December 12, 2017 4:22 PM EST

Facing a special election in Alabama that has been among the most bizarre in recent memory, everyone from pundits to pollsters has thrown up their hands about who will win.

Some polls have showed Democrat Doug Jones with a clear advantage over embattled Republican Roy Moore, who has been accused by 9 women of sexual misconduct in the past month. But other polls showed Moore ahead.

Election analysts such as Stuart Rothenberg to Charlie Cook have rated the race a true tossup that could go either way, while several pollsters have released multiple projections based on different models of which voters will turn out.

Chris Jackson, who works for Ipsos Public Affairs, which conducts polling, explained on Twitter that Jones could win by 4 points if turnout looked like the 2008 presidential election, when Democrats took control of the White House and both chambers of Congress, but Moore could win if turnout looked like the 2010 midterms, when Republican regained control of the House of Representatives and gained six Senate seats.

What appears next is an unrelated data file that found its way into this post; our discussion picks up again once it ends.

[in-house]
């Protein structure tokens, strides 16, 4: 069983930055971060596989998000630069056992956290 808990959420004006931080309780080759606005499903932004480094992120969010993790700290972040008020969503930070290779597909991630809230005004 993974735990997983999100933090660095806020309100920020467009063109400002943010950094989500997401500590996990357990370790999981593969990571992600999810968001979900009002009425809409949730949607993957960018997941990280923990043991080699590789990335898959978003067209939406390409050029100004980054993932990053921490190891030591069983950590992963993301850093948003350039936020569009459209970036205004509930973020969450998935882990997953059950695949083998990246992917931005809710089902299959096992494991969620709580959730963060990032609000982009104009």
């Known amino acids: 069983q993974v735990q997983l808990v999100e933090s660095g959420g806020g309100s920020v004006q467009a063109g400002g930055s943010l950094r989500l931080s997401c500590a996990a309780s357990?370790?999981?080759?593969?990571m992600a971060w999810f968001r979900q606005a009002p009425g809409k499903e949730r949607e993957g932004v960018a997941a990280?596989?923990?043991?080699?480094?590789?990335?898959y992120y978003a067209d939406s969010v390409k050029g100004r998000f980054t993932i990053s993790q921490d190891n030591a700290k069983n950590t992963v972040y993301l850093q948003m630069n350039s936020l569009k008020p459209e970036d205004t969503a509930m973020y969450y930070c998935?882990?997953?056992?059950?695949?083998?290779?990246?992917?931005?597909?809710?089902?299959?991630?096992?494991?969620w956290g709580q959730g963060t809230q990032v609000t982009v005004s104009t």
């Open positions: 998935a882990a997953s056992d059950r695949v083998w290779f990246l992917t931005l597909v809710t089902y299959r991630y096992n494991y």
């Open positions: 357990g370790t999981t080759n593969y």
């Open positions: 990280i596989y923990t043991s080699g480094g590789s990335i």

Monmouth University Polling institute had similar findings Monday, noting that if turnout is similar to the 2014 midterm elections, Moore would win by 4 points, 48 percent to 44 percent. If turnout is similar to the 2016 election, Jones would win by three points, 48 percent to 45 percent. And if turnout is similar to the 2017 gubernatorial elections, the two would tie at 46 percent.

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Write to Alana Abramson at Alana.Abramson@time.com.

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